If all the mountains would move toward you, would you be able to push them back with your hands? You could not. If darkness after darkness of all the mysteries in the heavens and on the earth rushed to the small taper of your understanding would you, with your understanding, be able to illuminate the darkness? Even less! Do not rely on your understanding for, from the perishable matter which you call intellect, a greater portion of it is nothing more than dead ashes. O man, do not rely on your understanding for it is a road over which a mob rushes a hungry, thirsty, motley and curious mob of sensual impressions.

O man, trust in the Lord with all your heart. In Him is understanding without end and all-discerning. The Lord says: “I am understanding; mine is strength” (Proverbs 8:14). He looks on the paths on which your blood flows and all the crossroads on which your thoughts wander. With compassion and love He offers Himself to you as a leader and you rely on your darkened and perishable understanding. Where was your understanding before your birth? Where was your understanding when your body was taking form, when your heart began to beat and flow with blood, when your eyes began to open and when your voice began to flow from your throat? Whose understanding was all this while your mind was still sleeping as charcoal in a coal mine? Even when your understanding awoke, can you enumerate all the illusions which it has delivered to you, all the lies in which it has entangled you, all the dangers which it did not foresee? O my brother, trust only in the Lord with all your heart! Until now, He has rescued you numerous times from your own understanding, from illusions and its lies and from danger in which it has pushed you. A blind man is compared to the man who can see, so is your understanding compared to the understanding of God. O blind one, trust in the Leader. O brother, trust only in the Lord with all your heart.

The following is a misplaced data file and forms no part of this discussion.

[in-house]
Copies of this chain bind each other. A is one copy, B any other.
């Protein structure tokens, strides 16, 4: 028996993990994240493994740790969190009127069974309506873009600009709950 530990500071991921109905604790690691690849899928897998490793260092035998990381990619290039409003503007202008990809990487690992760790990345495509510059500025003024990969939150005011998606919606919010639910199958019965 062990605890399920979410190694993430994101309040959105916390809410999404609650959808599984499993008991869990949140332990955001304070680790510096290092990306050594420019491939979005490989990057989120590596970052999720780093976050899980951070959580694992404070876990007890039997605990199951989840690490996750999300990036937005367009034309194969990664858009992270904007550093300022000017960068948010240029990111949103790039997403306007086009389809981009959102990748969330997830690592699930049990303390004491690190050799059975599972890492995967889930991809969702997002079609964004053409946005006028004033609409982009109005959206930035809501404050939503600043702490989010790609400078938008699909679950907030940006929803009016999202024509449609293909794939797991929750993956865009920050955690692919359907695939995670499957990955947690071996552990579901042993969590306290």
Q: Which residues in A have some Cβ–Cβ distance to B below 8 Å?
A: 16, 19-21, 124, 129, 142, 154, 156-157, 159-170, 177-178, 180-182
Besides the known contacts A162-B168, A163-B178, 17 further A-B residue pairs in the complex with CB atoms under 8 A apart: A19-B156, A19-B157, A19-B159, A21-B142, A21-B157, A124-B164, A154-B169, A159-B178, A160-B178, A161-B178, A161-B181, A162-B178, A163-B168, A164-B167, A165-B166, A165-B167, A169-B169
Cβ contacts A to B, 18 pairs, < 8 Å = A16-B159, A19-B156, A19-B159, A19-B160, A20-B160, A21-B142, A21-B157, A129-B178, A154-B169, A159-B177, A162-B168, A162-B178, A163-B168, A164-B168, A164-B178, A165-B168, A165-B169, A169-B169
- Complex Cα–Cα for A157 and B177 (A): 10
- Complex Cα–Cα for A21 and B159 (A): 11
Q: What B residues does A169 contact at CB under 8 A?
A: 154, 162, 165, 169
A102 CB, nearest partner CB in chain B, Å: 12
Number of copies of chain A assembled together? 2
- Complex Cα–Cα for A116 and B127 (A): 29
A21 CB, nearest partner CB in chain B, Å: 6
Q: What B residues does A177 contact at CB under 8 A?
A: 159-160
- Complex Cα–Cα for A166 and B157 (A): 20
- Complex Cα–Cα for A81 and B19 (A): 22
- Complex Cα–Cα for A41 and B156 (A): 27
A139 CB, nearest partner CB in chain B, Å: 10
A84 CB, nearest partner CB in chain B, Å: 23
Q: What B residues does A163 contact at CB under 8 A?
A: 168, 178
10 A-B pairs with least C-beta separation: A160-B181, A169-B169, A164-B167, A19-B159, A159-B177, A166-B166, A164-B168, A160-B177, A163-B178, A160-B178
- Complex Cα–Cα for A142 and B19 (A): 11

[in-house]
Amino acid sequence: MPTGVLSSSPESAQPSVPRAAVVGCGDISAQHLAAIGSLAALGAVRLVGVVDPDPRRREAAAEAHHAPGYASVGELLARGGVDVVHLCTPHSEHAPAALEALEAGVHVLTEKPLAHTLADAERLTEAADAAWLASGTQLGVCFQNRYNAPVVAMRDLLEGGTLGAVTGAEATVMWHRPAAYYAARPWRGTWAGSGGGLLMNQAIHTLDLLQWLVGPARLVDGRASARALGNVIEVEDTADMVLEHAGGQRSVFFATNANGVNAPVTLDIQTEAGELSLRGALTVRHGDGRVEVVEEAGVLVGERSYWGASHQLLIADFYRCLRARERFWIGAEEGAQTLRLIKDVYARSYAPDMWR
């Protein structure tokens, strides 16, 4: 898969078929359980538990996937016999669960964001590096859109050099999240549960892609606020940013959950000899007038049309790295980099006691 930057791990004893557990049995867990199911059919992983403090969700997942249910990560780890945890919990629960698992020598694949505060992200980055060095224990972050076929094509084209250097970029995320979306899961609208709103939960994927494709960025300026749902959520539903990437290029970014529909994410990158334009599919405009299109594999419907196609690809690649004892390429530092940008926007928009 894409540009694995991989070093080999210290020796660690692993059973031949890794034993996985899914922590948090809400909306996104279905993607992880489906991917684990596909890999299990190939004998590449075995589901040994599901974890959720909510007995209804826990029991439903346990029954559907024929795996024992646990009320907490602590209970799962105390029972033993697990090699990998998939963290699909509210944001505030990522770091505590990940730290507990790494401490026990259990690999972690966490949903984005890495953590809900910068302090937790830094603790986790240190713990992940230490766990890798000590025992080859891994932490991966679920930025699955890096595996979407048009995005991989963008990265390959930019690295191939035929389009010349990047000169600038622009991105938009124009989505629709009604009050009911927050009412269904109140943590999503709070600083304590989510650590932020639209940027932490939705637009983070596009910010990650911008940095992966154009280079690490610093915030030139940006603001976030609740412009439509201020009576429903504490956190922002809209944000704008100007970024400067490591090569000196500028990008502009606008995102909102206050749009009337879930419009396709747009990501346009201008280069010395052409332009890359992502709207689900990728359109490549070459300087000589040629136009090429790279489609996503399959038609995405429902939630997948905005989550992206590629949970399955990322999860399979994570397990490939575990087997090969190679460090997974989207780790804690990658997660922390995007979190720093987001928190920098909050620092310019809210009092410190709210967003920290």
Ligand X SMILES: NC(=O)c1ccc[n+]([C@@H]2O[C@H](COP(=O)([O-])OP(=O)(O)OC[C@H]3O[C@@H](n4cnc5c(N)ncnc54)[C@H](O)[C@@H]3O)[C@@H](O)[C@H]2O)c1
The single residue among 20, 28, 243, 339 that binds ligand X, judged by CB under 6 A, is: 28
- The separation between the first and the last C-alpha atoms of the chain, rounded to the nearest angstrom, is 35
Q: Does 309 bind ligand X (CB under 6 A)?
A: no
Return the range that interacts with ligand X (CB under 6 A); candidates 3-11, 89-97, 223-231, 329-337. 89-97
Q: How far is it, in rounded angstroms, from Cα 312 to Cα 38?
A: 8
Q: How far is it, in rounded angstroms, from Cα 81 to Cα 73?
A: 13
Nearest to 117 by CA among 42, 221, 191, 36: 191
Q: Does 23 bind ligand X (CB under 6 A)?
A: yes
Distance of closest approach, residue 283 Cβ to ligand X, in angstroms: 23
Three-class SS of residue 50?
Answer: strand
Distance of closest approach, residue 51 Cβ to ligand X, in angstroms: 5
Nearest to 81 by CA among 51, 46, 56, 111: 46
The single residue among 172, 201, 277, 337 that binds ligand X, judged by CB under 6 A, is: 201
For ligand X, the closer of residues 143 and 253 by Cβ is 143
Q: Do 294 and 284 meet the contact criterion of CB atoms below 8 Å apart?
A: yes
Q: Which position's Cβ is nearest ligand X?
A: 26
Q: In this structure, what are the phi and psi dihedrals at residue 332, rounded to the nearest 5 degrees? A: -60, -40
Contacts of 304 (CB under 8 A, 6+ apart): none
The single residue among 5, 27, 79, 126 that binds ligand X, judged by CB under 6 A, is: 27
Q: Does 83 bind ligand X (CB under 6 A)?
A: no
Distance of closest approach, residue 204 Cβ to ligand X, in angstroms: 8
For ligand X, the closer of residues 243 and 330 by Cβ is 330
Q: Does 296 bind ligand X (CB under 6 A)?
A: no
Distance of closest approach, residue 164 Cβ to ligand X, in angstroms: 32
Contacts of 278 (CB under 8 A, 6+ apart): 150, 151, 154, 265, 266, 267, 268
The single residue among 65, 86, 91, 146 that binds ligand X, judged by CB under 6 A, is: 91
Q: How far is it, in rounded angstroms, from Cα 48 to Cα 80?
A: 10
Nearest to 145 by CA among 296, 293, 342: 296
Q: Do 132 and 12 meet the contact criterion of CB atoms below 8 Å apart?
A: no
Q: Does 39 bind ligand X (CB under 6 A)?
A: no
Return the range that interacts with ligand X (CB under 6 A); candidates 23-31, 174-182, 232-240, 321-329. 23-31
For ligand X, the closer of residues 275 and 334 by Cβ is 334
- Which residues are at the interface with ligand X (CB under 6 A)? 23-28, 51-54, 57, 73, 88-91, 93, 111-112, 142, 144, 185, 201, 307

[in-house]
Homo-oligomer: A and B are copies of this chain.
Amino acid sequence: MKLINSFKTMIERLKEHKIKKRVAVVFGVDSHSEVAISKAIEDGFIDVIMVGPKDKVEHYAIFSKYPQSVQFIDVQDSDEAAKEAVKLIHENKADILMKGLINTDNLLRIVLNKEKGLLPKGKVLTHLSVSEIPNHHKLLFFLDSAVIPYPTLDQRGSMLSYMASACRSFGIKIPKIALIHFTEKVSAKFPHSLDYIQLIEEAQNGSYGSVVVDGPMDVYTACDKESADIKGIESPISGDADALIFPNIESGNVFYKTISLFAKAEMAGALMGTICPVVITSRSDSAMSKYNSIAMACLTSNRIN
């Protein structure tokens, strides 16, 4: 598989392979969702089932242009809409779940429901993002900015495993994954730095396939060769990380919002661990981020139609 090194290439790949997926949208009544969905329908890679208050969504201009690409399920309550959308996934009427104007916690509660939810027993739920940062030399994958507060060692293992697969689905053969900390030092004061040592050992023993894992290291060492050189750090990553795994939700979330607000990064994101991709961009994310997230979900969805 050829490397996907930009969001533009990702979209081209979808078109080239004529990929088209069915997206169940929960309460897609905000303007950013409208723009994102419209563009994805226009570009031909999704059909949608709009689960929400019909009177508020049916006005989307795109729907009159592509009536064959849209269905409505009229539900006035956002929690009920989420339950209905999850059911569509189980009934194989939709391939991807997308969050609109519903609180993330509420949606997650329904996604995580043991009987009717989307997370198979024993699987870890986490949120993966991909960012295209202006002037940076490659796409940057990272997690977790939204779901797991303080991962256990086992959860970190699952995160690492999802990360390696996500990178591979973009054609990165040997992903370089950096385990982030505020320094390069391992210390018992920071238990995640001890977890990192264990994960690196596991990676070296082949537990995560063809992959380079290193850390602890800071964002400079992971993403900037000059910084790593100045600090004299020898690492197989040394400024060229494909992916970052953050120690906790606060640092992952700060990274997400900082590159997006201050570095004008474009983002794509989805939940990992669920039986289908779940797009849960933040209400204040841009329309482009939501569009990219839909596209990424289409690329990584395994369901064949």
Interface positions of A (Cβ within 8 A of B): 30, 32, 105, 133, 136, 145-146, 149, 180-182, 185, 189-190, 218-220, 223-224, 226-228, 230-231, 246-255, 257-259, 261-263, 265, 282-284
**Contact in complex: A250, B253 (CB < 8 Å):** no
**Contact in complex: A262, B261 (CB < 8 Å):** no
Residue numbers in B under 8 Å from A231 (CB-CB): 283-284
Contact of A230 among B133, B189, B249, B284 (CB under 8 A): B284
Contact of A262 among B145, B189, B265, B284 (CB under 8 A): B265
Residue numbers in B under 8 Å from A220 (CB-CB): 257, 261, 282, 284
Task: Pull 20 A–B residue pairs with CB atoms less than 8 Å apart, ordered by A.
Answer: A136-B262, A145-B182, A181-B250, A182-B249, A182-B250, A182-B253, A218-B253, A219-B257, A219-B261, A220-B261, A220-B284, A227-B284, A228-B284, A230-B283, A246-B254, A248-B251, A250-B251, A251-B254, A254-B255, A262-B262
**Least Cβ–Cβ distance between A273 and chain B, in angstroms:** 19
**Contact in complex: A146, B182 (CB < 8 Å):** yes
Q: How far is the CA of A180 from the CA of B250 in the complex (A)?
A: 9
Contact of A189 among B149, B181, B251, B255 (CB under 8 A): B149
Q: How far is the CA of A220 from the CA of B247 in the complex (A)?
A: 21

O Lord, All-seeing, Eternal and Infallible Understanding, deeper than the universe and more radiant than the sun, deliver us, even now from the errors of our understanding.

Fr. Loudovikos in A Eucharistic Ontology also criticizes philosophy’s reliance on thinking. “Thus Heidegger in his testament entitled, ‘The end of philosophy and the task of thought’, talks directly about the end of philosophy, understood as the end of metaphysics or ontology in our times (these having anyway been swallowed up by the sciences), and locates the only future for thought in the free mythopoetic quest for truth through thinking; and he does not seem bothered by the fact that the linkage of thinking and truth is a survival of the same essential identification of thinking with being” (page 5). This reliance on thinking is very egocentric and subjective even though it opens itself to the unknowability of the other and ultimately one’s own annihilation, the end result of complete kenosis. Thus also destroying reciprocity in love, dialogue and gift giving which are the essential components of the Liturgy.

Teacher’s pet, or, only child syndrome